Helicopters fly using the same aerodynamic concepts that airplanes use; they use an airfoil to generate lift. The difference is that helicopters generate vertical thrust while aircraft generate horizontal thrust. When an airplane moves forward, the air flows across the wing and produces downwash which creates lift; the airplane has to gain enough speed for this force to overcome weight. When helicopter blades, or airfoils, begin spinning, it produces downwash which then creates lift. Speed is an important factor in generating enough force to overcome the weight in a helicopter as well. Vertical thrust allows a helicopter to take off vertically and hover.Most helicopters use gas turbine engines over piston engines (reciprocating engines), but most modern helicopters use turboshaft engines. Turboshaft engines differ from turbojet engines in that they do not utilize exhaust to create thrust. Their main function is to generate shaft power which is used to run the rotor. Shaft power is transferred from the turbine blades. High pressure gas created in the combustion chamber is the force that rotates the turbine blades.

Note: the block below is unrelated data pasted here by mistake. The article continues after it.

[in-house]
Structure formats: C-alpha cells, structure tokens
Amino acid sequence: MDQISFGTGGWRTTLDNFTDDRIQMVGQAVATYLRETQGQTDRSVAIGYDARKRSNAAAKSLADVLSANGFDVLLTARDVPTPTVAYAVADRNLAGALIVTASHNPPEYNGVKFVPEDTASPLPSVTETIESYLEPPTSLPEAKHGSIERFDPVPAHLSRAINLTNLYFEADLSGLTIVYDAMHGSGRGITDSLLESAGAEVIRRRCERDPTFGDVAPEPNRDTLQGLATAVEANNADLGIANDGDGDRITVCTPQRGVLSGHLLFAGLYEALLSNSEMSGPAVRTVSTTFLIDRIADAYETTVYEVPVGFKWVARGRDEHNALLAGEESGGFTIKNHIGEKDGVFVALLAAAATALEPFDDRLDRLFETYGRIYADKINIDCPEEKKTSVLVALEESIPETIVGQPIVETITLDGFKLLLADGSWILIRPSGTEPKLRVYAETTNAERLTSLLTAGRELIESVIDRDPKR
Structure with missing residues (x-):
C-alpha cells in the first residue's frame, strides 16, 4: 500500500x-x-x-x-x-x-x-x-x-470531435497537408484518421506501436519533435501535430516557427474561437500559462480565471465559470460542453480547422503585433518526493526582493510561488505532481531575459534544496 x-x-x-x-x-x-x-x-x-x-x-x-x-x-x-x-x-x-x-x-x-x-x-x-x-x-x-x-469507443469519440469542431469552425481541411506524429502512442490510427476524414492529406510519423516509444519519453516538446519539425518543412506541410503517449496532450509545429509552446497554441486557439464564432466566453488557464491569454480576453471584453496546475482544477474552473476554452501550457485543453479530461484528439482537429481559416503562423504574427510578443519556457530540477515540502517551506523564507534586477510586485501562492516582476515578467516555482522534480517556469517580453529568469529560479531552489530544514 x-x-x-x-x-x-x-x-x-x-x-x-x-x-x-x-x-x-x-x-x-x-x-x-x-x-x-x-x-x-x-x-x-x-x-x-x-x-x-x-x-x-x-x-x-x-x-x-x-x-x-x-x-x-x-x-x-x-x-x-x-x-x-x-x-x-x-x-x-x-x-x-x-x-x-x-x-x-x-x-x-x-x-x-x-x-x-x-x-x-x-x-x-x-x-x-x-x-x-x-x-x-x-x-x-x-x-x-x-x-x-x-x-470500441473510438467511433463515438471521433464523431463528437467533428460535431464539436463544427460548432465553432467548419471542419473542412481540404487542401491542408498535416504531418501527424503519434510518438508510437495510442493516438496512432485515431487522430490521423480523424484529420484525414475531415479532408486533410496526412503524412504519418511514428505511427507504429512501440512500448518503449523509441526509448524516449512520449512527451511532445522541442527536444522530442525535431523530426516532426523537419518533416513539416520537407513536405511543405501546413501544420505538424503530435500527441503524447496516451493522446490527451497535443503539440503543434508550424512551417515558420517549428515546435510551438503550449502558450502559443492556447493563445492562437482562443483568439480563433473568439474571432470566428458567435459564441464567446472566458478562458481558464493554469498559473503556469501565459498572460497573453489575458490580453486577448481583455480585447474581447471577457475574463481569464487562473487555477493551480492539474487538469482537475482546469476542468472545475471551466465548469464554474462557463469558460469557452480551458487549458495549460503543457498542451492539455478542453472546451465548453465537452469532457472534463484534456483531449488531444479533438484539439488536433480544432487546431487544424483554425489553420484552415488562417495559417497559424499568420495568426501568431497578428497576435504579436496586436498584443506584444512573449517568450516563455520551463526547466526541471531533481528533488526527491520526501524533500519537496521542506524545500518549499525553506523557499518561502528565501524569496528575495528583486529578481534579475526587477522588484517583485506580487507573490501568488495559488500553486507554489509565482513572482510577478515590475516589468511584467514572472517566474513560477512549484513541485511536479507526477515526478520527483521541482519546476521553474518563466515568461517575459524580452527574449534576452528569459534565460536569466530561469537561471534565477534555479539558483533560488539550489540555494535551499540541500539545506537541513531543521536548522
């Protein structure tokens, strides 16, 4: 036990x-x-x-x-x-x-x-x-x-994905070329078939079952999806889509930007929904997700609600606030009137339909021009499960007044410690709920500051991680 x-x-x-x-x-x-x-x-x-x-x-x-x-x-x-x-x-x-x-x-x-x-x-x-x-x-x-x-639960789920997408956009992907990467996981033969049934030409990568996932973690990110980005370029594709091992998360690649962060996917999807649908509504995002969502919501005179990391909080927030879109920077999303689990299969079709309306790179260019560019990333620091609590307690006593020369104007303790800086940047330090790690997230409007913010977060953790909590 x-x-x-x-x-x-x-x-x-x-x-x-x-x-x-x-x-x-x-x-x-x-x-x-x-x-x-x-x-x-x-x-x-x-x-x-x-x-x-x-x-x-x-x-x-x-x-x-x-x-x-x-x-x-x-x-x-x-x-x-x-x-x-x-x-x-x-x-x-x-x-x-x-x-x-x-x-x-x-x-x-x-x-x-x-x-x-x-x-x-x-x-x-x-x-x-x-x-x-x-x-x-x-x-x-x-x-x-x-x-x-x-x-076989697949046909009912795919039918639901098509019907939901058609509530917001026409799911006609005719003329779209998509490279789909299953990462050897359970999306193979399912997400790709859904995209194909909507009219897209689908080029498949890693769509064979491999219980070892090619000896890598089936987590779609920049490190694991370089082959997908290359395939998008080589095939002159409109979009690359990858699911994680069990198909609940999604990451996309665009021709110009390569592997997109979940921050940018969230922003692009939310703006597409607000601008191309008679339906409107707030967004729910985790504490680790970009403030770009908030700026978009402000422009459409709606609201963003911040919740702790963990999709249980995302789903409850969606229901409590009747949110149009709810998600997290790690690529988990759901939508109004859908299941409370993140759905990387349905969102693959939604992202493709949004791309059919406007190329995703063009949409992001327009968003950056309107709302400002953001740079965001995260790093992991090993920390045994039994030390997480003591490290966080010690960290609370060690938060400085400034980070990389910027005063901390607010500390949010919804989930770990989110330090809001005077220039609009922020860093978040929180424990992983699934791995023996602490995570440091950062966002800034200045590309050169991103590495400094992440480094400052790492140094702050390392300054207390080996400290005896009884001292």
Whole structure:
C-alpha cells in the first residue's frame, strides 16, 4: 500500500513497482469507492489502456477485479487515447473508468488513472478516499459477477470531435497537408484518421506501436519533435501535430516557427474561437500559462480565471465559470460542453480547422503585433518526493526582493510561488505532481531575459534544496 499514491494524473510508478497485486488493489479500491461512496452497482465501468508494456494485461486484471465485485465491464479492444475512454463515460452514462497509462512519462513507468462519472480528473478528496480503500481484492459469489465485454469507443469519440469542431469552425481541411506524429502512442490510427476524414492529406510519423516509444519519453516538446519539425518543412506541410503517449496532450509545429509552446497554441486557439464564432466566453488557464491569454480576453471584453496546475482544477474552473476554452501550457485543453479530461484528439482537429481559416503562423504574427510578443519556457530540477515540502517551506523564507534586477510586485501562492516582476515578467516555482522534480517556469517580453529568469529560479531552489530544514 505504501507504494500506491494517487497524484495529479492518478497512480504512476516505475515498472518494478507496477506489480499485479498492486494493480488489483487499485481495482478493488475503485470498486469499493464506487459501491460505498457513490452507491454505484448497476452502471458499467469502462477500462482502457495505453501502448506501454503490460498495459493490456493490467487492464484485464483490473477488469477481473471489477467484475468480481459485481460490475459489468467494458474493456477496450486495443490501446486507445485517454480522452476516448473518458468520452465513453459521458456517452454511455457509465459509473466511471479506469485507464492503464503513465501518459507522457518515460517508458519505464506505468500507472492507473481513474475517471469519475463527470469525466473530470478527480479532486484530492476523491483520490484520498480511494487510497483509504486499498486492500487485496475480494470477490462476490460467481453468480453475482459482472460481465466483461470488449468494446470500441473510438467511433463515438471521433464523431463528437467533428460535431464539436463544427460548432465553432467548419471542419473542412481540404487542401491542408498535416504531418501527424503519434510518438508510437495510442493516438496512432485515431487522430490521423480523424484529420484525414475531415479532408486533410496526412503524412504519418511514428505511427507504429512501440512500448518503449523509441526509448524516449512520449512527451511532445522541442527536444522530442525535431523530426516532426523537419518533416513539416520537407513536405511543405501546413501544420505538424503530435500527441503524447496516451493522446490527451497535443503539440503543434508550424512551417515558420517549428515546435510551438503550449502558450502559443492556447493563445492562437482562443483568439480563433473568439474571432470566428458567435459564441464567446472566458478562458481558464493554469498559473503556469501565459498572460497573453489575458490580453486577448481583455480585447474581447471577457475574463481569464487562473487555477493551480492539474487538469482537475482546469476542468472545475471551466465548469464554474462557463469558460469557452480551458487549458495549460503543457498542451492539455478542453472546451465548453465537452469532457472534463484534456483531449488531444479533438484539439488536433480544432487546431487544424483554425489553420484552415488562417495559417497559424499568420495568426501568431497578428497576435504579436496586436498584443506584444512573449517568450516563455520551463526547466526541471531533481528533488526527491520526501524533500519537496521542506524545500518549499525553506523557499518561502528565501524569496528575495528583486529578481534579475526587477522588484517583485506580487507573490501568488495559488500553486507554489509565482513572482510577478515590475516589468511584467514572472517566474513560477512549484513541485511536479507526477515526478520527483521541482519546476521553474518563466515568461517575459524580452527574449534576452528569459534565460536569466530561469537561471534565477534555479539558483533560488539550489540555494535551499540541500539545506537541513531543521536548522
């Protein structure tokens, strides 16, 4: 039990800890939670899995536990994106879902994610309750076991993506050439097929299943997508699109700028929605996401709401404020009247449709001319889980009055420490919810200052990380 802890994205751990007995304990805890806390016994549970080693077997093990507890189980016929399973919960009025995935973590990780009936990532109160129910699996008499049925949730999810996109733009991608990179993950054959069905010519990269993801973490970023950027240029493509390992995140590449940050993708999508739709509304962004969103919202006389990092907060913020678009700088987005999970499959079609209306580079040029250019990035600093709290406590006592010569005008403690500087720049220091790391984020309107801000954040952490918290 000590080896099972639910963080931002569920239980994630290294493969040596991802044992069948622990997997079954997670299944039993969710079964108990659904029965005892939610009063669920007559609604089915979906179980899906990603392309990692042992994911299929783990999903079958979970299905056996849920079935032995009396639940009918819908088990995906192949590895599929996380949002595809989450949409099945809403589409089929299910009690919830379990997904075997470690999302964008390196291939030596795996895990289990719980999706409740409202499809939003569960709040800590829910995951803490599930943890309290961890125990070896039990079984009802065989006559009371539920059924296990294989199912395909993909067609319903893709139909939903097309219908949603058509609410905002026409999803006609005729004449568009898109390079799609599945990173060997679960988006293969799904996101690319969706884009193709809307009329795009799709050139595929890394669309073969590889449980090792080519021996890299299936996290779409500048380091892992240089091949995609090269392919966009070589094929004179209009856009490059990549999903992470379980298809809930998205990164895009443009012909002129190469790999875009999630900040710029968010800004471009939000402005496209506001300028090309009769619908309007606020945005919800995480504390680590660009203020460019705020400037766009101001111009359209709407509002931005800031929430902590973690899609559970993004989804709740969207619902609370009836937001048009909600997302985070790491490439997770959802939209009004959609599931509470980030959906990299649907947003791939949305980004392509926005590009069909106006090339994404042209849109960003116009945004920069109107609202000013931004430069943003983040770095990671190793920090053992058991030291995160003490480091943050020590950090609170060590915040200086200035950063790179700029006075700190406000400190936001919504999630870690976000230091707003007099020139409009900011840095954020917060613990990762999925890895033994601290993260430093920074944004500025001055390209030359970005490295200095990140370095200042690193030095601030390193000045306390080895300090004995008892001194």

The upper swashplate and the rotor blade system is attached to the rotor shaft, or mast, and they all begin rotating at the same time. A helicopter is controlled by the pilot with a collective, cyclic, two pedals, and the throttle. The collective is used to control the swashplate, which adjusts the blade pitch equally. A swashplate has two plates: one rotates with the rotor and one is fixed. A bearing is between the two plates. The upper plate is connected to the blades with a pitch change arm. The lower plate is connected to hydraulic servos which can raise, lower, or tilt the plate. Once this occurs, the pitch of the blades shift.The collective control in the cockpit raises and lowers the swashplate and the cyclic control tilts the swashplate. These changes allow the pilot to steer the helicopter. Another rotor is added to a helicopter to counteract torque. This may be a coaxial rotor, which is attached to the same mast as the first rotor, or a tail rotor. The pedals allow the pilot to control the tail rotor. The pedals change the pitch of the tail rotor blades which control the sideways thrust. This allows the pilot to change the direction of the nose of the helicopter. The throttle increases or decreases the engines speed and therefore allows the pilot to control the amount of lift generated. All of these components are used simultaneously to takeoff, hover, change directions, and land.
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